- charitable funds that offer a source of stability for schools, colleges, and universities.
- critical to the financial health of institutions.
- essential to support institutions as they work to offer high-quality, affordable, accessible education.
- Not a single fund, but a compilation of funds given by many donors over time, for specific purposes that cannot always be changed after the gift is made.
Educational institutions receive returns on their endowment investments each year. Those returns are generally spent at an approximate rate of 4.5% each fiscal year to meet current teaching, learning, and operational needs; any remaining investment returns are generally reinvested into the existing endowment.
Learn here about what endowments are and are not, and U.S. policy issues impacting endowments.
Legislation and Policy Issues
Concerned about the rising cost of college, U.S. lawmakers have proposed legislation on endowment spending and investment.
- In September 2019, Reps. Brendan Boyle (D-PA) and Bradley Byrne (R-AL) reintroduced the Don't Tax Higher Education Act (H.R. 4438), which would repeal the endowment excise tax.
- In March 2018, Reps. John Delaney (D-MD) and Bradley Byrne (R-AL) introduced the Don't Tax Higher Education Act (H.R. 5520), which would repeal the 1.4 percent endowment excise tax. However, the bill was not further considered in the House.
- In 2018, Rep. Reed introduced the REDUCE Act, which would have required certain colleges and universities to direct 25% of their endowment investment gains to support working class families or face tax penalties.
- The Tax Cuts and Jobs Act passed in 2017 and included an excise tax on certain endowments of private colleges and universities.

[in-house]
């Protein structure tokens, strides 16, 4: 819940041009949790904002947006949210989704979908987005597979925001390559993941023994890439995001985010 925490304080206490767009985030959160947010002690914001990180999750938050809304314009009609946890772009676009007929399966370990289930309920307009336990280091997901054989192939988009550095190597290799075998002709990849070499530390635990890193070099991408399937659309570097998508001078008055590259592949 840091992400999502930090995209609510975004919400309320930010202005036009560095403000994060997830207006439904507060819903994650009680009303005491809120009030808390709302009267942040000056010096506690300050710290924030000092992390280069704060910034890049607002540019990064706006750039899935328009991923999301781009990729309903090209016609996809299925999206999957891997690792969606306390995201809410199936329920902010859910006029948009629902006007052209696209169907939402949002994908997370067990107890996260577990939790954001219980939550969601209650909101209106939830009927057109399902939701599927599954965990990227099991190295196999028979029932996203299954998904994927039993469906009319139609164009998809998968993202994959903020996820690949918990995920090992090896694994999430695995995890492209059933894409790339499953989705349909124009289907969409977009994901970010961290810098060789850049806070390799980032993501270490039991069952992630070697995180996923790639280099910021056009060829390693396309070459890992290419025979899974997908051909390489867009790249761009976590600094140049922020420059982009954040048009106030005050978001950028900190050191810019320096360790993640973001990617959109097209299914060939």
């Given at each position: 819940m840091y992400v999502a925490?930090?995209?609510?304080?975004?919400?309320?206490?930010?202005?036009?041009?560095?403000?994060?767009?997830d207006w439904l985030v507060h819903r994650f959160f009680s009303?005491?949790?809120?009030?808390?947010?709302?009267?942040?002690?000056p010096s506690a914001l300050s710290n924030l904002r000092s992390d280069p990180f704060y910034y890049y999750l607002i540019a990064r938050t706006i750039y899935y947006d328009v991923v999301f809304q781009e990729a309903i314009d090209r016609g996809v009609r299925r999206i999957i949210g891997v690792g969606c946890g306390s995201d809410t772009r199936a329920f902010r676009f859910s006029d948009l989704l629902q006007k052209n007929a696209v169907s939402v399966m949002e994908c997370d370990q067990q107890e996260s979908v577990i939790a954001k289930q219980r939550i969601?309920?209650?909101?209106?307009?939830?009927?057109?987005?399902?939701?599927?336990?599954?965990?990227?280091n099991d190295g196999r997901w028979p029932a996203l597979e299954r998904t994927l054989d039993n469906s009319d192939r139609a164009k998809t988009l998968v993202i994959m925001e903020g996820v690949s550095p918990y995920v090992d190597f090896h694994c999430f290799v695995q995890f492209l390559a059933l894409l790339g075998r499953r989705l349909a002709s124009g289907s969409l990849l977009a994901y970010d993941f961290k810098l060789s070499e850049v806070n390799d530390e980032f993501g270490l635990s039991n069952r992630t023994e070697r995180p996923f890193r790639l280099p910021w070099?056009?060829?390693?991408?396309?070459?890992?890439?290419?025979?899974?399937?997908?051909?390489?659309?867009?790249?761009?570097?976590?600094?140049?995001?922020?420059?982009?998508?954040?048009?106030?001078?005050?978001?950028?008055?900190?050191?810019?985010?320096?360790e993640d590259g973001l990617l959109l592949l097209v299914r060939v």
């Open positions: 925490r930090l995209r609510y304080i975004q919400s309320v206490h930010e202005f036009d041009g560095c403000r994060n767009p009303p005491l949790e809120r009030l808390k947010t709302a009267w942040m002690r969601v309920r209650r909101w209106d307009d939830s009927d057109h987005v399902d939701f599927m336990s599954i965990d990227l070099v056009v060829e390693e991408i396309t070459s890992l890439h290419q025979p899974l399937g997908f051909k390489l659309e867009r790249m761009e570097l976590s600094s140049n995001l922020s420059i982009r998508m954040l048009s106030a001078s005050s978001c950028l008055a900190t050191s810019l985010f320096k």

- In 2014, former House Ways and Means Chairman Dave Camp (R-MI) proposed a 1 percent excise tax on private institution endowments with a value exceeding $100,000 per student.
- Attempts to tax endowments are a tax on generosity.
- These endowment payout requirements impede institutions' ability to effectively manage endowment funds.
- Such misguided tax policies will result in fewer funds for scholarships, research, and academic programs.
- Instead of bringing down college costs, this tax does the opposite. College and university endowment funds are an important source of revenue which support student financial aid, teaching, research, and public service missions. The new law redirected charitable funds away from these purposes and discourages donor generosity.
- As such, CASE supports a repeal of the 1.4 percent endowment tax and opposes any tax on endowed funds.
Resources for Lawmakers & Government Relations Professionals
- Don't Tax Higher Education Act (H.R. 4438)
- NACUBO Letter to Treasury and IRS on Endowment Excise Tax
- Proposed Regulations on Endowment Excise Tax
- CASE One-Pager and Talking Points on Endowments
- Debunking 5 Myths about Endowments
- Endowments: Where Does the Money Go?
- Facts About College and University Endowments
- College and University Endowments: Overview and Tax Policy Options
- Understanding College and University Endowments
Resources for Higher Education Professionals
- CASE Library Sample Collection: Endowment Management
- CASE Library Subject Guide: Endowment Management
- "Endowments Are Forever," Currents, Oct. 2016
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